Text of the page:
It’s been a particularly rough cold/flu season across the nation. And whether you and your children were spared from the circulating nasty bugs or spent some miserable days (or even weeks) home with chicken soup in tow, we get sick about 200 times in our lifetime. Of those 200 different illnesses, about 50% of them typically occur in the first ten years of life. And we know, parents…that’s just rough. We feel your pain. So we’ve compiled our must-read list on cold remedies and myths to help you get through this particularly difficult flu season.
1. Antibiotics will not treat a cold
The most common illness that a child will get (over and over) is the common cold – which comes from a virus. Antibiotics do not treat colds, and because we’re not big fans of overprescribing or over-medicating, we like to go with natural remedies first. Sometimes I get a text or email from a parent describing the all-too-familiar stuffy nose, fever, and cough trifecta. With a same day visit to my office, I ask specific questions about the duration and symptoms of the cold as well as findings on their exam (ears, nose, throat, heart, lungs, etc.) that help the me determine if the illness is most likely from a common circulating virus or from a bacteria.
The reason why we don’t “just give the antibiotic” is that like all medications, antibiotics can have side effects. From upset stomach to diarrhea, antibiotics can kill off the good bacteria that lives in our intestines and can cause more harm than good when they are used in situations where they are not needed. Additionally, taking unnecessary antibiotics can also create antibiotic resistance. This means that if your child does get a bacterial infection at a later date, the infection may not be able to be treated with first or second option antibiotics and may require much stronger medications or antibiotics that are only available through an IV (which would require hospitalization).
The good news is that the vast majority, greater than 75% of infections are from common viruses that will clear on their own with the help of your child’s immune system. Even some bacterial infections can clear without needing antibiotics. Antibiotics only treat bacterial infections. There are no antibiotics to kill a viral infection which is why the majority of illnesses are not treated with antibiotics.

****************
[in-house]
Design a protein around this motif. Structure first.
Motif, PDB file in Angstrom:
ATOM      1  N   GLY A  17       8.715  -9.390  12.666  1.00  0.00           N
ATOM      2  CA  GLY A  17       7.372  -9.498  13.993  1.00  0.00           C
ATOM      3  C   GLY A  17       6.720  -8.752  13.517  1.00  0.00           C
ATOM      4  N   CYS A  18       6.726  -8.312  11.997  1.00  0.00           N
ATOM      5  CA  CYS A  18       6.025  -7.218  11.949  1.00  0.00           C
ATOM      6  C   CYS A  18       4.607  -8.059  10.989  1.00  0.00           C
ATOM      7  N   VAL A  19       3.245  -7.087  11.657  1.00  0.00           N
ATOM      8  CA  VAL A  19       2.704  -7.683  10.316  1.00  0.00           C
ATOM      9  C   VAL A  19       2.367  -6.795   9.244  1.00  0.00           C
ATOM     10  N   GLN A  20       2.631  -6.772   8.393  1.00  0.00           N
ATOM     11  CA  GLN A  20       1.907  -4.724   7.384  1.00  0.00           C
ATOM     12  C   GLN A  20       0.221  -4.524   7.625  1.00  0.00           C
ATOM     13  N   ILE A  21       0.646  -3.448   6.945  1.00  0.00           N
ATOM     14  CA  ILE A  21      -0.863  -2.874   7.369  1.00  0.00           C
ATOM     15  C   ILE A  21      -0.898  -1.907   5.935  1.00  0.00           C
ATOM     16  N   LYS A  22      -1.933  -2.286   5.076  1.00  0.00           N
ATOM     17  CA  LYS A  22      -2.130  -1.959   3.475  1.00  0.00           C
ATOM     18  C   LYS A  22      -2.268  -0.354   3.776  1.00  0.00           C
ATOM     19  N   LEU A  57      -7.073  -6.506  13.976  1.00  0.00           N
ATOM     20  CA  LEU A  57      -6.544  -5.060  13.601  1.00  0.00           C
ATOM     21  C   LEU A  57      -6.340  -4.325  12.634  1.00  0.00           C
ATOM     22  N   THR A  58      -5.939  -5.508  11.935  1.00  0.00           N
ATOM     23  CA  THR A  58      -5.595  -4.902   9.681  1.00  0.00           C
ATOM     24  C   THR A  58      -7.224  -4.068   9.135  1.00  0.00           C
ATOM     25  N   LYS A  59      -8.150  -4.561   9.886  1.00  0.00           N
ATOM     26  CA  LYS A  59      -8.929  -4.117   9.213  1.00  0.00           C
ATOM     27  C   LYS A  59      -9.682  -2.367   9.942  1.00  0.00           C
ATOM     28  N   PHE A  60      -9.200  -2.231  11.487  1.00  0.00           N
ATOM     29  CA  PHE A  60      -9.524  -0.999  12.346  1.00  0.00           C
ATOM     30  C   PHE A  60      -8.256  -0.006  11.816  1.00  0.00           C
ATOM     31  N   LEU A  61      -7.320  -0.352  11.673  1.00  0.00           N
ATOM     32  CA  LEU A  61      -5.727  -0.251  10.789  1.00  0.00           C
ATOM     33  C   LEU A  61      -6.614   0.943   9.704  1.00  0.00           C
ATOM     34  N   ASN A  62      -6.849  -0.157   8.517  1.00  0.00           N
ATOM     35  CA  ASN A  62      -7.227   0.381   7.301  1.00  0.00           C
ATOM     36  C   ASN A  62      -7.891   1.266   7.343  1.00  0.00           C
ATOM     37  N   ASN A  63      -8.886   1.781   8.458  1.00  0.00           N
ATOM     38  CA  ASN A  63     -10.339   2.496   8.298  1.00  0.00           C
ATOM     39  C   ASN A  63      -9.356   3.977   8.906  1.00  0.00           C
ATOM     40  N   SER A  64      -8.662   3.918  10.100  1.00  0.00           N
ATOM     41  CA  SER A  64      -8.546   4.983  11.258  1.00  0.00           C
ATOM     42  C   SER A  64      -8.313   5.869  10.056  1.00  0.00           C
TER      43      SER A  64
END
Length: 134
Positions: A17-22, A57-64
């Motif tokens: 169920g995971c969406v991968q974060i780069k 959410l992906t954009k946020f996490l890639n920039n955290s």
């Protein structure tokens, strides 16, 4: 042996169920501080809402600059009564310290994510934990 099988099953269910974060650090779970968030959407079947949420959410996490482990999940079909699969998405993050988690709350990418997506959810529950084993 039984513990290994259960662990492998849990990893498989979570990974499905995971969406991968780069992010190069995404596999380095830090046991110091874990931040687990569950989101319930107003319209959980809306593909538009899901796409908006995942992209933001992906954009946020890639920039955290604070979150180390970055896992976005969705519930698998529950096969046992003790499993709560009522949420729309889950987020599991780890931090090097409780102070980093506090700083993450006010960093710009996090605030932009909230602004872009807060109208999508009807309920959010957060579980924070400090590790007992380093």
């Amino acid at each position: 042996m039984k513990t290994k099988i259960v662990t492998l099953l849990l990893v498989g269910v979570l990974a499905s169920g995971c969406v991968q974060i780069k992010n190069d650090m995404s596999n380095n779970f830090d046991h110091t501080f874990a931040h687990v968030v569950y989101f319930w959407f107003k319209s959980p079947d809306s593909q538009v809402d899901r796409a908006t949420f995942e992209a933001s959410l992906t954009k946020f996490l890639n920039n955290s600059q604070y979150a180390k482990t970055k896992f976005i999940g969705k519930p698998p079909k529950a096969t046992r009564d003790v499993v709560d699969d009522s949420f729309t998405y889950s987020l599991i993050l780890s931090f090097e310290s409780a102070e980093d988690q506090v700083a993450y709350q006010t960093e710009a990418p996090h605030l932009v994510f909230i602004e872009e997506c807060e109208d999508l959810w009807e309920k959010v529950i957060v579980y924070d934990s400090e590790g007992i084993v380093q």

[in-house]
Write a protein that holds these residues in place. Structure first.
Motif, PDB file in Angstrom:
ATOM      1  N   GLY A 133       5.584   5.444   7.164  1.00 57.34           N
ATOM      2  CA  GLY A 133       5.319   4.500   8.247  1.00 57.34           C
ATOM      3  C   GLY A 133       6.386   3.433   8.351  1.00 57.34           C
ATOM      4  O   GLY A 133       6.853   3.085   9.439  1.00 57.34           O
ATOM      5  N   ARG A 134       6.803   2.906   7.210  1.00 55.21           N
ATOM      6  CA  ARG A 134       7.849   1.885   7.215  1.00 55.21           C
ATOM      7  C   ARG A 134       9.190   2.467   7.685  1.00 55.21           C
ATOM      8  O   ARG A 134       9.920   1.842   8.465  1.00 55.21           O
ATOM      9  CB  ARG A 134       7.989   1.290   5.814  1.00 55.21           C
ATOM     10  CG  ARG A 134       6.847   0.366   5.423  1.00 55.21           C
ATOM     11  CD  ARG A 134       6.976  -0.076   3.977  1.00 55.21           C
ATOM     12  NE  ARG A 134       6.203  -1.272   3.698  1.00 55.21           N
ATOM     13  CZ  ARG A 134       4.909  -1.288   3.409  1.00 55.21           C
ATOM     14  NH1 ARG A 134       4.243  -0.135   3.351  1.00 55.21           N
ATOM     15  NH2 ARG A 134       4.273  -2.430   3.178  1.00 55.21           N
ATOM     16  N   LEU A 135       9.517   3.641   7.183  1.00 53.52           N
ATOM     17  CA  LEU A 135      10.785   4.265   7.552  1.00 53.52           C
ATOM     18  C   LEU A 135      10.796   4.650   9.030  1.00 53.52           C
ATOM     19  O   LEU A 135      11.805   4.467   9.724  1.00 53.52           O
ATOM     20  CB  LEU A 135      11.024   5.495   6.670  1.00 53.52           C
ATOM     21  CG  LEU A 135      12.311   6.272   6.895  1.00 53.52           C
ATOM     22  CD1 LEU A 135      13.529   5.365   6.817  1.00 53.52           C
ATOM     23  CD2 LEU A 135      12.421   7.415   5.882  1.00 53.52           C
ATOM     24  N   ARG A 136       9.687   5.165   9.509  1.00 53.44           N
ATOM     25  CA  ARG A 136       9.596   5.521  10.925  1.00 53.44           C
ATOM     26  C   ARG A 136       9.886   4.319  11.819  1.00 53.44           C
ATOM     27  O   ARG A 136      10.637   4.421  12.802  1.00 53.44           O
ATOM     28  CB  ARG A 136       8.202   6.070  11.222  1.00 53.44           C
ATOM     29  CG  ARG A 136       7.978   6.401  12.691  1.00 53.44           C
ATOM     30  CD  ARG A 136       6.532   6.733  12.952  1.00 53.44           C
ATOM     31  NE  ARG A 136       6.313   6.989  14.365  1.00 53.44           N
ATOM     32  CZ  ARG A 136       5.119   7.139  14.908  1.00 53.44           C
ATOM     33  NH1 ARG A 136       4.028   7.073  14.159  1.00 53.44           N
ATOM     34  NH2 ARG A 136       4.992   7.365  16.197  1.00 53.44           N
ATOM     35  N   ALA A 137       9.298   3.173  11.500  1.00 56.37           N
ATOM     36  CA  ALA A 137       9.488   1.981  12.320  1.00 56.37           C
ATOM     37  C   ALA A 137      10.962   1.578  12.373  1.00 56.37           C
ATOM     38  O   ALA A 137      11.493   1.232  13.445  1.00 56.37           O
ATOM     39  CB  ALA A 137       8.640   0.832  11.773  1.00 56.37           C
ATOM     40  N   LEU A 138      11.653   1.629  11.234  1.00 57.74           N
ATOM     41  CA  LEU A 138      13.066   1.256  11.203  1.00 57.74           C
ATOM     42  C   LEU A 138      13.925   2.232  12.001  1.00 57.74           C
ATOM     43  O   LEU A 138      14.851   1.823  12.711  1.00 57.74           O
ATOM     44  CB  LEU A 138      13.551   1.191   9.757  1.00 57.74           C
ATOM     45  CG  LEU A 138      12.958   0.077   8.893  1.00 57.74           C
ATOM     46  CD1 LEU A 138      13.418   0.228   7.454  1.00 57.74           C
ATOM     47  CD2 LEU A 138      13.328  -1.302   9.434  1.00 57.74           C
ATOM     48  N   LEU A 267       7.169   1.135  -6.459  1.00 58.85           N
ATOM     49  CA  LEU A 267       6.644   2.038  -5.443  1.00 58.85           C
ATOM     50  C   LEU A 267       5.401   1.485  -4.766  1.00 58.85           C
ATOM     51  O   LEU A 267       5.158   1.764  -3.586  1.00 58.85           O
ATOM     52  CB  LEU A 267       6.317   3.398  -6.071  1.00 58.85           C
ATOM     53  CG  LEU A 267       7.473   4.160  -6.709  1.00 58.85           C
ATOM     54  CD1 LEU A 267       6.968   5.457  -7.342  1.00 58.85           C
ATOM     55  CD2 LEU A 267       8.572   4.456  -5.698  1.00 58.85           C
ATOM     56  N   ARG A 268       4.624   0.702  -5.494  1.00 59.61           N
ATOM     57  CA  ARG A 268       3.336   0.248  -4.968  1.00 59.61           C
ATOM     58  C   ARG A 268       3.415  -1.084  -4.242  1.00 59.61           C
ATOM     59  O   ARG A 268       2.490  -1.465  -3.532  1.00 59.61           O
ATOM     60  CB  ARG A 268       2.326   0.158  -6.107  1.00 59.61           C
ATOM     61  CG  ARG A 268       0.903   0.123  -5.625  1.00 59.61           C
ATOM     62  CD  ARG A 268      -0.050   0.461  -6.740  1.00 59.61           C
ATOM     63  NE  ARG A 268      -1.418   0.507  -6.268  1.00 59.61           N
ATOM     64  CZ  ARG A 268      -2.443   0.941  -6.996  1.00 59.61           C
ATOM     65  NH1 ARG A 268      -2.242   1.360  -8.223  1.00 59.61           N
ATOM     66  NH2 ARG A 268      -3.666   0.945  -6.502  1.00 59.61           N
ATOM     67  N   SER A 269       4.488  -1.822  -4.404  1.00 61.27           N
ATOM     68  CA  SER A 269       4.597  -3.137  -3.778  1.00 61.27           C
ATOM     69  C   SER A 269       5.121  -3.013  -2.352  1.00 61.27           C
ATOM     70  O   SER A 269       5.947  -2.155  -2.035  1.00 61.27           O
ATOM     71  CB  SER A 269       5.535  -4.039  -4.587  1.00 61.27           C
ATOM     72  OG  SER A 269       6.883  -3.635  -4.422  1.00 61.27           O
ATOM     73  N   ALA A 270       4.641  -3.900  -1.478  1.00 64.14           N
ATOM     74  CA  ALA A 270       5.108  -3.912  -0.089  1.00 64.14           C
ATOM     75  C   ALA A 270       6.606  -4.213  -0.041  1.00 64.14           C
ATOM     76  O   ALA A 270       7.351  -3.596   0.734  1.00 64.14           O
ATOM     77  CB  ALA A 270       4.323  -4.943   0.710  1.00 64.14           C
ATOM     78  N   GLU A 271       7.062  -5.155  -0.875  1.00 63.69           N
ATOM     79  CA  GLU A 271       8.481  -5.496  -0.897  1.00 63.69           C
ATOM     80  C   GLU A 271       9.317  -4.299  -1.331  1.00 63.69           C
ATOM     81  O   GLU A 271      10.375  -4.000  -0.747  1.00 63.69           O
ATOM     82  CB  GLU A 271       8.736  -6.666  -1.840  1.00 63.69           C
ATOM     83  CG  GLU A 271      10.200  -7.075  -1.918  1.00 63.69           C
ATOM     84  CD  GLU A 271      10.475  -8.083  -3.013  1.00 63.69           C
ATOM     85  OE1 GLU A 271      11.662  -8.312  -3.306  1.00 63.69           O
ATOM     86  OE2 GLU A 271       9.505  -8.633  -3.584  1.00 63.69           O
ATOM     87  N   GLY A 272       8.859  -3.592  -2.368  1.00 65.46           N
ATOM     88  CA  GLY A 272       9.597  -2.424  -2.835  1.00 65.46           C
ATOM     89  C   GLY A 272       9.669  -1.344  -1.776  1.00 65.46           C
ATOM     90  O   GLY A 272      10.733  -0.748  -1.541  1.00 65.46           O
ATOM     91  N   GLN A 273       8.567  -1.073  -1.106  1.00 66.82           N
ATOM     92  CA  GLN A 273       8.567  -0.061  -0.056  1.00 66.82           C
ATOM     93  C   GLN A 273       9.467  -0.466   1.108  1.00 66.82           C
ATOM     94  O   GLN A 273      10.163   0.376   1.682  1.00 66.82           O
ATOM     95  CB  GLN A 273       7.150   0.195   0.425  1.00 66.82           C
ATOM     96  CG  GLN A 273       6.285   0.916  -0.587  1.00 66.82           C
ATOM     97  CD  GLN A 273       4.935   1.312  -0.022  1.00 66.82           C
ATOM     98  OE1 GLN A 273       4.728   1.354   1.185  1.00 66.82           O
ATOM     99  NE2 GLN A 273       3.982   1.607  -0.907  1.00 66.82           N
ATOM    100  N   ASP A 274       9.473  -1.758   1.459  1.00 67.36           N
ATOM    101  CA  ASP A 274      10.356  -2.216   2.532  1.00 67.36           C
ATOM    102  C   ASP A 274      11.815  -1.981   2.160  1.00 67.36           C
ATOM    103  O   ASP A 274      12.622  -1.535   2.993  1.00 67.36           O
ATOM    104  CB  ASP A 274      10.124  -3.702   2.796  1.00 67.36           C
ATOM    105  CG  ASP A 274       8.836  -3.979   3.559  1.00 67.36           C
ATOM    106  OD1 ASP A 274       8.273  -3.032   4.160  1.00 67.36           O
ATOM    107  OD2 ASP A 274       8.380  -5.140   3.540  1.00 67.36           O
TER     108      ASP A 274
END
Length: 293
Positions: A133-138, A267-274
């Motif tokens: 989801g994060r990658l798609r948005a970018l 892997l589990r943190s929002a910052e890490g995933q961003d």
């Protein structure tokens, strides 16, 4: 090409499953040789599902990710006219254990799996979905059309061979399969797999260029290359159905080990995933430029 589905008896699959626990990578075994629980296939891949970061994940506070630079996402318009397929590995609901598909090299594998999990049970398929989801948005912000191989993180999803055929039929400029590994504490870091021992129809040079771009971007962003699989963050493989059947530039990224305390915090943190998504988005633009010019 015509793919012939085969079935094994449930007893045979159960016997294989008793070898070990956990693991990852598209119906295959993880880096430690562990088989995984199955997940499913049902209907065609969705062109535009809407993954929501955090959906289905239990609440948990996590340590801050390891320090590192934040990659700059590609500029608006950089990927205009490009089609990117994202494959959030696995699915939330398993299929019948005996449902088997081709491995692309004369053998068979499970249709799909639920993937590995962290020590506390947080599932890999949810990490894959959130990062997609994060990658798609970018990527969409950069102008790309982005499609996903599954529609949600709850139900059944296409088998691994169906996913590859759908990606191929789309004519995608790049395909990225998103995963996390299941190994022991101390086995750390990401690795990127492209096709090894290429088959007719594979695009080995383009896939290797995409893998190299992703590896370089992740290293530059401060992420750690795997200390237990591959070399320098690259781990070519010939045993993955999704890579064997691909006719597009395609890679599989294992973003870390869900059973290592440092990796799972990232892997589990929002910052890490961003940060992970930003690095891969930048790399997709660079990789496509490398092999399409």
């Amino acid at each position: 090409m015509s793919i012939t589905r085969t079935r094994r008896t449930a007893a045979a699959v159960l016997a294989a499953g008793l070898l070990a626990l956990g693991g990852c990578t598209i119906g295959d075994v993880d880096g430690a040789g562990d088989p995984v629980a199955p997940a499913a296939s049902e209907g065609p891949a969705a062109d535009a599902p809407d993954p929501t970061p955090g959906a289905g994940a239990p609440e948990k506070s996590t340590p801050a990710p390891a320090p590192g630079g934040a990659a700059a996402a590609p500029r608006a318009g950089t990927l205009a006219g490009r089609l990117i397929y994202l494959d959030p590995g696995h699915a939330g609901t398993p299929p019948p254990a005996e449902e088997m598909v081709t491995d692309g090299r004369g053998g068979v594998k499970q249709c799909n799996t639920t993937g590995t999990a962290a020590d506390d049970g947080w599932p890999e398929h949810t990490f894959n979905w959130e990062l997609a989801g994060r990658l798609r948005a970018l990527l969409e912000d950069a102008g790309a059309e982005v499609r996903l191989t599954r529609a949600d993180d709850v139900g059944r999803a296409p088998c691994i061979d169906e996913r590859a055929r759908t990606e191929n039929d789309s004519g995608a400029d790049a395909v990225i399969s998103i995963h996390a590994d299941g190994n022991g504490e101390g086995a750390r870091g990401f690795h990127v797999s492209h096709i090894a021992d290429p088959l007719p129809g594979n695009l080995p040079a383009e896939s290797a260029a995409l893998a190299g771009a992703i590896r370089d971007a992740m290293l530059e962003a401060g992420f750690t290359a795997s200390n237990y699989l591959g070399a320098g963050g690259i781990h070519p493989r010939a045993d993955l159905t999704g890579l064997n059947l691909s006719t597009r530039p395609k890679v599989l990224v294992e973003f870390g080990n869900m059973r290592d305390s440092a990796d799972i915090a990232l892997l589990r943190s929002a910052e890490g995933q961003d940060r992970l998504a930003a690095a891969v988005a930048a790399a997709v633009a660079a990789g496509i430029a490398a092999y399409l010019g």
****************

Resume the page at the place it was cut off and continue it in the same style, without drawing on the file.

2. The Natural Remedy of HONEY (for children over the age of 1) can be your BFF
Honey is a natural sweet substance that is revered not only for its taste, but also its antioxidant and antimicrobial effects. In numerous published studies, children who had symptoms of cough and runny nose were given 10 grams (about 1 teaspoon) of honey 30 minutes prior to sleep. Parents reported a significant improvement in their child’s cough the night they were given honey vs. the previous night where no treatment was given. (Don’t forget to brush their teeth before bed!). Additionally, these studies have shown that the over-the-counter cough medications available work no better than placebo (i.e. no treatment at all). And, the over-the-counter cough medications often contain multiple ingredients which can cause adverse side effects in children and create risks for overdosing.
Never give honey to an infant who is less than 1 year old due to the risk for infection with infant botulism (a serious bacterial infection).
*To refresh your memory on why coughing is actually a good thing for your child when they are sick, read this!
3. Pick Up STEAM
When noses are stuffy and your child is feeling congested, using a humidifier in their room at night may help provide some symptomatic relief. Sitting in a shower to breathe in the steam can also be helpful, just be careful not to let your child get burned by the hot water. If your bathroom configuration allows it, you can also run the shower on hot and sit in the bathroom playing with your child while the room steams up – creating your own personal steam room!
*For those using humidifiers, make sure to clean out the water in the humidifier every day. Mold can grow in as little as 24 hours in humidifiers, so be sure to change out that water!
4. Chicken Soup Is Actually Scientifically Proven…
Your grandmother was right again! Chicken soup DOES actually help with remedy the common cold. Between the heat of the soup, the salt, and nutrients in the broth (veggies, spices, nutrients, etc.) chicken soup can help soothe sore throats and may help improve mucus in the nose. And as most of us can attest, a bowl of homemade soup made really does cure what ails ya!
5. Actual Fruit & Veggies > Vitamins, and Here’s Why:
You see it on Facebook, Instagram, and in the aisles of the grocery store, everyone seems to be hawking vitamins, elixirs, syrups, etc. during cold and flu season. See, the thing is that vitamins sold in stores (or from a person on facebook) are not FDA regulated, meaning that there is no oversight to know that what is actually in the bottle! This means that much of what you are buying may just be flavor fillers and you may be throwing $$$ down the drain (or rather urinated out in the toilet).
Instead of getting into the vitamin debate, it’s best for all of us to remember that eating actual fruits and veggies is the best way to get daily vitamins and nutrients. This way, you know what you’re buying is real and you can make it fun for your child to get their fruits and veggies. For those picky eaters (isn’t that all kids?) – homemade smoothies or popsicles are great ways to get fruits and veggies in their diet! There are even real veggie powders that can be sprinkled into any food or drink!
Whatever this cold/flu season brings, remember that parental instinct is important and if you’re ever concerned about your child, your pediatrician should be in the loop. Frequent hand washing, along with a great relationship with your pediatrician are the keys to happy and healthy days!
-Boca Raton Pediatrician, Chad Rudnick, MD FAAP